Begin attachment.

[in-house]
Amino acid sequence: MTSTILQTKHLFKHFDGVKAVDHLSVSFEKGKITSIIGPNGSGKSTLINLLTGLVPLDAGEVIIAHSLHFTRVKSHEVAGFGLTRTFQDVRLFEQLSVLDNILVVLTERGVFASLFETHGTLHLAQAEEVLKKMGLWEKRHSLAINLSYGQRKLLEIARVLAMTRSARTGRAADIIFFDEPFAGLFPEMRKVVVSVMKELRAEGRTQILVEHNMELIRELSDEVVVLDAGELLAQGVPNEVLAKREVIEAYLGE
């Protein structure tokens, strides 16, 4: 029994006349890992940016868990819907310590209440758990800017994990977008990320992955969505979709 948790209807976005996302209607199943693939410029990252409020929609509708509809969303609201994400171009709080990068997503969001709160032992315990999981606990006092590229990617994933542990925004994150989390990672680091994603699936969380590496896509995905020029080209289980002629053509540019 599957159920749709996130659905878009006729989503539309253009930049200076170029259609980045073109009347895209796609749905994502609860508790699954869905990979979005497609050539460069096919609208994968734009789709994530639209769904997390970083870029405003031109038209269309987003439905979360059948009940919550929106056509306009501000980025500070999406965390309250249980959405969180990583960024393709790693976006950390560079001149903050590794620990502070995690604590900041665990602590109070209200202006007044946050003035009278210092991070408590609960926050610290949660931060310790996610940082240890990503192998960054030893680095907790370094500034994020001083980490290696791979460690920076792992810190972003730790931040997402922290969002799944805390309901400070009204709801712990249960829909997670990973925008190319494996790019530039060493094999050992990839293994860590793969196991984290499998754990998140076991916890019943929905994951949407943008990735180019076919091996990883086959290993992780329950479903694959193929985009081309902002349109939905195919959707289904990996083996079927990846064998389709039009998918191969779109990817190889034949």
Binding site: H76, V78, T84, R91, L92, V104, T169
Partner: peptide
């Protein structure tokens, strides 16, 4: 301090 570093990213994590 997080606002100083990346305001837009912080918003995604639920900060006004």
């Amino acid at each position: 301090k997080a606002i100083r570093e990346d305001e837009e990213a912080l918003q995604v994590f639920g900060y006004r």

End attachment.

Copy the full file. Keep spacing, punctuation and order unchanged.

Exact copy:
[in-house]
Amino acid sequence: MTSTILQTKHLFKHFDGVKAVDHLSVSFEKGKITSIIGPNGSGKSTLINLLTGLVPLDAGEVIIAHSLHFTRVKSHEVAGFGLTRTFQDVRLFEQLSVLDNILVVLTERGVFASLFETHGTLHLAQAEEVLKKMGLWEKRHSLAINLSYGQRKLLEIARVLAMTRSARTGRAADIIFFDEPFAGLFPEMRKVVVSVMKELRAEGRTQILVEHNMELIRELSDEVVVLDAGELLAQGVPNEVLAKREVIEAYLGE
């Protein structure tokens, strides 16, 4: 029994006349890992940016868990819907310590209440758990800017994990977008990320992955969505979709 948790209807976005996302209607199943693939410029990252409020929609509708509809969303609201994400171009709080990068997503969001709160032992315990999981606990006092590229990617994933542990925004994150989390990672680091994603699936969380590496896509995905020029080209289980002629053509540019 599957159920749709996130659905878009006729989503539309253009930049200076170029259609980045073109009347895209796609749905994502609860508790699954869905990979979005497609050539460069096919609208994968734009789709994530639209769904997390970083870029405003031109038209269309987003439905979360059948009940919550929106056509306009501000980025500070999406965390309250249980959405969180990583960024393709790693976006950390560079001149903050590794620990502070995690604590900041665990602590109070209200202006007044946050003035009278210092991070408590609960926050610290949660931060310790996610940082240890990503192998960054030893680095907790370094500034994020001083980490290696791979460690920076792992810190972003730790931040997402922290969002799944805390309901400070009204709801712990249960829909997670990973925008190319494996790019530039060493094999050992990839293994860590793969196991984290499998754990998140076991916890019943929905994951949407943008990735180019076919091996990883086959290993992780329950479903694959193929985009081309902002349109939905195919959707289904990996083996079927990846064998389709039009998918191969779109990817190889034949």
Binding site: H76, V78, T84, R91, L92, V104, T169
Partner: peptide
């Protein structure tokens, strides 16, 4: 301090 570093990213994590 997080606002100083990346305001837009912080918003995604639920900060006004």
């Amino acid at each position: 301090k997080a606002i100083r570093e990346d305001e837009e990213a912080l918003q995604v994590f639920g900060y006004r």